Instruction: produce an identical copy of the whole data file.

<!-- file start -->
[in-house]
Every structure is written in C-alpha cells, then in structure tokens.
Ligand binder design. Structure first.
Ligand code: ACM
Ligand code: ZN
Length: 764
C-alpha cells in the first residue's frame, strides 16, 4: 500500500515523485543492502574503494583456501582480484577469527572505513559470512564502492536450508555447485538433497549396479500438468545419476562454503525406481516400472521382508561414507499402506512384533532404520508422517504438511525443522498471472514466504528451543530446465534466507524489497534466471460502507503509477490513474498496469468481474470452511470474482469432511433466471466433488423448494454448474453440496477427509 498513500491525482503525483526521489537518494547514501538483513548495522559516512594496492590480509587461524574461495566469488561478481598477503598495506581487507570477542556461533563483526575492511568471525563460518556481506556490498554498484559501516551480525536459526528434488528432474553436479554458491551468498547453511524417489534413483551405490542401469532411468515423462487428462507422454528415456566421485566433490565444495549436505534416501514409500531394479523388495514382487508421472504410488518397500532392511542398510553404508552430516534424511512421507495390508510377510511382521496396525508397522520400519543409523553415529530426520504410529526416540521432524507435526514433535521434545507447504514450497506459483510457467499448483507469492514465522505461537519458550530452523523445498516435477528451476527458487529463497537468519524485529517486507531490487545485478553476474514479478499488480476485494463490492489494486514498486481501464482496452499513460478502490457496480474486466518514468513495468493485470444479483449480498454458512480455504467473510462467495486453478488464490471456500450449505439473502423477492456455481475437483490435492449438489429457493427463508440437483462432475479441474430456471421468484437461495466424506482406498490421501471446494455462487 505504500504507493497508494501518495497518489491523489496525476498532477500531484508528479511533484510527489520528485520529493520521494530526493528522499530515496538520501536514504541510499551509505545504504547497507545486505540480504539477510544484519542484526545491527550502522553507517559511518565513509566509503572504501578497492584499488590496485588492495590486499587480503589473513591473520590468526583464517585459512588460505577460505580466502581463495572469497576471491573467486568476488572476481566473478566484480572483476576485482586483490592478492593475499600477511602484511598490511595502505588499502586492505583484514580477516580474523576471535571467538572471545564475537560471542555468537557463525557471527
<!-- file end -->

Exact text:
[in-house]
Every structure is written in C-alpha cells, then in structure tokens.
Ligand binder design. Structure first.
Ligand code: ACM
Ligand code: ZN
Length: 764
C-alpha cells in the first residue's frame, strides 16, 4: 500500500515523485543492502574503494583456501582480484577469527572505513559470512564502492536450508555447485538433497549396479500438468545419476562454503525406481516400472521382508561414507499402506512384533532404520508422517504438511525443522498471472514466504528451543530446465534466507524489497534466471460502507503509477490513474498496469468481474470452511470474482469432511433466471466433488423448494454448474453440496477427509 498513500491525482503525483526521489537518494547514501538483513548495522559516512594496492590480509587461524574461495566469488561478481598477503598495506581487507570477542556461533563483526575492511568471525563460518556481506556490498554498484559501516551480525536459526528434488528432474553436479554458491551468498547453511524417489534413483551405490542401469532411468515423462487428462507422454528415456566421485566433490565444495549436505534416501514409500531394479523388495514382487508421472504410488518397500532392511542398510553404508552430516534424511512421507495390508510377510511382521496396525508397522520400519543409523553415529530426520504410529526416540521432524507435526514433535521434545507447504514450497506459483510457467499448483507469492514465522505461537519458550530452523523445498516435477528451476527458487529463497537468519524485529517486507531490487545485478553476474514479478499488480476485494463490492489494486514498486481501464482496452499513460478502490457496480474486466518514468513495468493485470444479483449480498454458512480455504467473510462467495486453478488464490471456500450449505439473502423477492456455481475437483490435492449438489429457493427463508440437483462432475479441474430456471421468484437461495466424506482406498490421501471446494455462487 505504500504507493497508494501518495497518489491523489496525476498532477500531484508528479511533484510527489520528485520529493520521494530526493528522499530515496538520501536514504541510499551509505545504504547497507545486505540480504539477510544484519542484526545491527550502522553507517559511518565513509566509503572504501578497492584499488590496485588492495590486499587480503589473513591473520590468526583464517585459512588460505577460505580466502581463495572469497576471491573467486568476488572476481566473478566484480572483476576485482586483490592478492593475499600477511602484511598490511595502505588499502586492505583484514580477516580474523576471535571467538572471545564475537560471542555468537557463525557471527